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59 of 64 people found the following review helpful
5.0 out of 5 stars Fawning to death, 27 Aug 2003
This review is from: Stalin: The Court of the Red Tsar (Hardcover)
This book is both a confirmation and a revelation as it looks into the politics and intrigue at the court of the Red Tsar. Stalin is shown to be the paranoid, manipulative, tyrannical ideologue history has portrayed him as and additionally it is revealed how through cunning and political mastery this blood stained fanatic manages to get hold of and retain an ever increasing grip on power. We are also told the stories of the various toadies and their families who danced with the devil as they jousted for influence, prestige and survival. The courtiers in this bleak drama are nearly as evil and ruthless as their master or else simultaneously revering of and intimidated by him. The pulsating core spreading the poison is Stalin himself as he proceeds to kill all his enemies, real or imagined, and it has to be remembered that all the friends and acquaintances he sent to the torture chambers and death were merely the top of a pyramid of millions. Like Hitler, the man is driven by the logic of his delusions and he probably managed to kill more people. The fawning sycophants both encourage and act upon his malicious instructions as they denounce and threaten each other with levels of menace apportioned to their current state of favour with the tyrant. Such favouritism was usually short lived after which it was a battle for survival that was rarely won. As this jostling went on in the bear pit these cold-hearted bureaucrats were enacting the cruel, pitiless will of Stalin on the long suffering population of the Soviet Union.
There are many tales about the monstrous Yeshov and the chilling Beria, who was not a committed communist at all, and how unrestrained they could indulge in their sadism and depravities. Both came to bad ends. The story of Molotov is told and how his wife was exiled by Stalin and then re-united with her husband after the dictator's death. Molotov and his wife only survived because of Stalin's demise. Kruschev is another court crony who is far from unblemished. There are many insights into how these bureaucratic murderers were often kind and tender to their wives and children, yet so desperate when out of favour with the leader that they would betray their families, sometimes, in a supreme irony, in order to save them but always to try and save themselves. The book teems with anecdotes revealing the reactions of the courtiers when caught in Stalin's glare of hate.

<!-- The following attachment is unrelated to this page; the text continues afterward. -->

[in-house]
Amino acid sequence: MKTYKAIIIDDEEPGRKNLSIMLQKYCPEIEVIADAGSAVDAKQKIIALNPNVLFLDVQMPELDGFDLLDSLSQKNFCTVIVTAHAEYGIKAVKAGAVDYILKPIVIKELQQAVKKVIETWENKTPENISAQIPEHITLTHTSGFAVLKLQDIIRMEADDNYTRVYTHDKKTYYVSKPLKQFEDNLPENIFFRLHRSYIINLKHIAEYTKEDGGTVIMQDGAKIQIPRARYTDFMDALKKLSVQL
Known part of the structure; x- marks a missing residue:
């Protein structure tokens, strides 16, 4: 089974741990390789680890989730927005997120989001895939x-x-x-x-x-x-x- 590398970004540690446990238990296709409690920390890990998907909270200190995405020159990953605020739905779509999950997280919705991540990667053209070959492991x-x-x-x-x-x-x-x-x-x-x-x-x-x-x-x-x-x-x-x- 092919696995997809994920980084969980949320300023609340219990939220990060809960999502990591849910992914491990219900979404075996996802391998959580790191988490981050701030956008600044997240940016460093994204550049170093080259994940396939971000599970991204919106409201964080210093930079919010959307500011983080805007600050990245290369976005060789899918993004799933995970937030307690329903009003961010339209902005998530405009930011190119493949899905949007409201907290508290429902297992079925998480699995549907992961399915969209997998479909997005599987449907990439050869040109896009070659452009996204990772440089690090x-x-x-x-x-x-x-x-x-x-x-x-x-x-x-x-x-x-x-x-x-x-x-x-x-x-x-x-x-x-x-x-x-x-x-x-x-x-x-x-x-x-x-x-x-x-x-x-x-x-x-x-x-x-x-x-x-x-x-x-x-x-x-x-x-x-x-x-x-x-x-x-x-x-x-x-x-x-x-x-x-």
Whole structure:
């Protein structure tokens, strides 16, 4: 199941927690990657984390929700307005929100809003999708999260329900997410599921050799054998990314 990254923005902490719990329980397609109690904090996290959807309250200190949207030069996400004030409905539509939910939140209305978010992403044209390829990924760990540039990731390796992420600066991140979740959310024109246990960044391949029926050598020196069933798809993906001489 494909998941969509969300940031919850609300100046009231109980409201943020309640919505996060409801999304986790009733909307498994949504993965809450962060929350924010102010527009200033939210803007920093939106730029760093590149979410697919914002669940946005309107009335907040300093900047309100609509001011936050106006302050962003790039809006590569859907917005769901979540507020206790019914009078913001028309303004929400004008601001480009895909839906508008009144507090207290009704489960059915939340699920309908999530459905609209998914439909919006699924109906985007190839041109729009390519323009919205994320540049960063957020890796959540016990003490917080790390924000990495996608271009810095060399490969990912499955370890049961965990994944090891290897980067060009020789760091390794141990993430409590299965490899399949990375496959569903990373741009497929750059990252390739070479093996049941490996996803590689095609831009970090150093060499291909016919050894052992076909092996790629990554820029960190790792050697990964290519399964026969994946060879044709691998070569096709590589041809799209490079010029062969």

The author does a commendable job at emphasising the dangers of tyrannical power and ideological fanaticism. He shows how the power and weakness of human nature in all its blood feasting lust and incredible displays of kindness and sympathy always prevails against ideology, both thwarting it and diminishing it. This beautifully written work is an excellent example of the many historical analyses that show how ideologues can only enforce their narrow, bigoted promises of some false nirvana through force and terror. It also shows how lunatics and evil come to power on the back of apologists, ideological sympathisers, cynical careerists and people who look the other way until the dark forces gain an unstoppable momentum that can usually only be ended by the death of the tyrants or war, often at the cost of the lives of millions of innocents.
The last chapter, simply a postscript, is surprising as it relates the attitudes of courtiers who survived and their descendants to the homicidal dictator. It is amazing to think that some of these sad victims can still make excuses for one of mankind's biggest killers. This has many parallels with the woolly, muddled and blind opinions we can still hear today in defence of vicious murdering tyrants. Stalin's useful fools indeed. The book is impeccably researched and the sources include living descendants of the players in the nightmare, Russian archives and other letters, documents and histories. The last 100 or so pages attribute these sources. It is very hard to fault this book but perhaps the editing is a little loose in places and some of the content could have been a bit tauter but apart from these extremely minor criticisms the book can be recommended wholeheartedly.
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